The second theme is the pursuit of happiness or a purpose in life: The main characters live in Russian aristocratic society - a society that favours shallowness and vanity.

Instinctively the main characters know, that this is no way of living and is the source of their unhappiness. When Andrey Bolkonsky lies severely wounded on the battle field: „How can it be that I’ve never seen that lofty sky before? Oh, how happy I am to have found it last. Yes! It’s all vanity, it’s all an illusion, everything except that infinite sky. There’s nothing, nothing – that’s all there is. But there isn’t even that. There’s nothing but stillness and peace. Thank God for that!“ (Tolstoy, 1868, p.299).

So all main characters in the book look for a purpose in life and they try out pretty much everything – a journey through plenty of philosophical ideas. But all of them fail – but towards the end Tolstoy develops his unique way.

A main source of happiness is the feeling of being part of a whole and containing this whole in oneself: „Pierre glanced up at the sky and the play oft he stars receding into the depths. ‚And it’s all mine and it’s all within me, and it all adds up to me!’ thought Pierre.“ (Tolstoy, 1868, p.1134).  In a dream Pierre recognizes this idea clearer: “’Wait a minute,’ said the little old man. And he showed Pierre a globe. This globe was a living thing, a shimmering ball consisted of drops closely compressed. And the drops were in constant movement and flux and sometimes dissolving from many into one, sometimes breaking down from one into many. Each drop was trying to spread out and take up as much space as possible, but all the others, wanting to do the same, squeezed it back, absorbing it or merging into it. ‘This is life,’ said the little old teacher. (…) God is in the middle and each drop tries to expand and reflect Him on the largest possible scale. And it grows, gets absorbed and compressed, disappears from the surface, sinks down into depths and bubbles up again. That’s what happened to him, Karatayev: he has been absorbed and he’s disappeared.” (Tolstoy, 1868, p.1185).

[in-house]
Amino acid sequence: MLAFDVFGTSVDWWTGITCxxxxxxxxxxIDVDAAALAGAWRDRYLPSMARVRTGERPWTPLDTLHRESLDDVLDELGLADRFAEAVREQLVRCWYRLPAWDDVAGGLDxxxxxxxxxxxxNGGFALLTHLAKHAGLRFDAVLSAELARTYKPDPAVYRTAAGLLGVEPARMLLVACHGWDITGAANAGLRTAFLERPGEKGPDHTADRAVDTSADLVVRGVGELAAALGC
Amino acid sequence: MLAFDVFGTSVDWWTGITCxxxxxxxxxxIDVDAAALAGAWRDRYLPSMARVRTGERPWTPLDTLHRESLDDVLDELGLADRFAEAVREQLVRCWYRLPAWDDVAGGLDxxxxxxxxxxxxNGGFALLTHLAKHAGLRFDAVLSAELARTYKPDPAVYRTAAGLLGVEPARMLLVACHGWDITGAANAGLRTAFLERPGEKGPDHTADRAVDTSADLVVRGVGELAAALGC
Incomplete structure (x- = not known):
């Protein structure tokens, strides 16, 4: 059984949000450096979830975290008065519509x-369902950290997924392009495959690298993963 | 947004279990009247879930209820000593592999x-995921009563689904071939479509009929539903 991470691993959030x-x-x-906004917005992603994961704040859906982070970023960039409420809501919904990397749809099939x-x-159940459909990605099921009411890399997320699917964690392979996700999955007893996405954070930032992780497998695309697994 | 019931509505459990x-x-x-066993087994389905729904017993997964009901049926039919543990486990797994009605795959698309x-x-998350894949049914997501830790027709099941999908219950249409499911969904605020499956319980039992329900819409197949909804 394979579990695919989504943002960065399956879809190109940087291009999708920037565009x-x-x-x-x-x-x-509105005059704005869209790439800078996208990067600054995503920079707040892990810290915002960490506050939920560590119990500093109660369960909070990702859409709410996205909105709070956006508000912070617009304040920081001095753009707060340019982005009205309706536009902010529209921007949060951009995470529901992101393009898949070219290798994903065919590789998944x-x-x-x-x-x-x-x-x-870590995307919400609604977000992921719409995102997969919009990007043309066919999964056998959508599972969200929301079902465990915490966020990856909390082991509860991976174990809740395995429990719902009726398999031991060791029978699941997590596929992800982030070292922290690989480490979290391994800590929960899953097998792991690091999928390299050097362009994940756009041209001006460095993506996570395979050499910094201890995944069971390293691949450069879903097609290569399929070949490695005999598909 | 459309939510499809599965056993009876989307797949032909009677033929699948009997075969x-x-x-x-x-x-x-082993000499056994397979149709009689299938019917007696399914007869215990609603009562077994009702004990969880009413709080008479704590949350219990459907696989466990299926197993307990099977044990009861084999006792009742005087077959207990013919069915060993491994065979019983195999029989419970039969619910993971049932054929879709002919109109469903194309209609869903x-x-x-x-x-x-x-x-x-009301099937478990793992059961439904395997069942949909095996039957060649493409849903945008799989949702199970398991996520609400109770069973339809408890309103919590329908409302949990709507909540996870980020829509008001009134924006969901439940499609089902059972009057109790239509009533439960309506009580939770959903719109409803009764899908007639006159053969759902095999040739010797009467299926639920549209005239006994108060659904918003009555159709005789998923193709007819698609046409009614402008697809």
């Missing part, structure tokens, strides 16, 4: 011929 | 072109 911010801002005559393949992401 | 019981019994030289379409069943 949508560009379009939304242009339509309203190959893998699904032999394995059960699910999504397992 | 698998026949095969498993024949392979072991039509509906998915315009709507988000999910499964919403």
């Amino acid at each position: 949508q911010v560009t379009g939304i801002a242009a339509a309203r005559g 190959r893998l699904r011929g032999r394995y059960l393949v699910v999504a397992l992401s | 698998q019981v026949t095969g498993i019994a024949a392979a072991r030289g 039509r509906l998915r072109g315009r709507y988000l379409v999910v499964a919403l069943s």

Being part of a whole and containing it, leads to unconditional love of the world:
„’Yes, it’s love ...’ (his thoughts were lucidity itself), ‚but not the kind of love that loves for a reason, a purpose, a cause, but the kind of love I felt for the first time when I was on my death bed and I saw essence of the soul, love that seeks no object. (…)  .... When you love with human love you can change from love to hatred, but divine love cannot change. Nothing, not even death, nothing can destroy it. It is the essence of the soul.“ (Tolstoy, 1868, p.1021).

Unconditional love also implies the danger of being indifferent to the world and life:
„Karatayev enjoyed no attachements, no friendships, no love in any sense of these words that meant anything to Pierre, yet he loved and showed affection to every creature he came across in life, especially people, no particular people, just those who happened tob e there before his eyes. He loved his dog, his comrades, the French, and he loved Pierre, his neighbour. But Pierre felt that for all the warmth and affection Karatayev showed him (an instinctive tribute to Pierre’s spirituality), he wouldn’t suffer a moment’s sorrow if they were to part.“ (Tolstoy, 1868, p.1080).

Thus there is a catch to this principle uncondititional love. It more or less means renouncing life. „Loving everything and everybody, always sacrificing oneself for the sake of love, meant loving no one person, and not living this earthly life. And the more he absorbed this principle of love, the easier he found it to renounce life, and the more effectively he destroyed the dreadful barrier that the absence of love sets up between life and death.“ (Tolstoy, 1868, p.1091).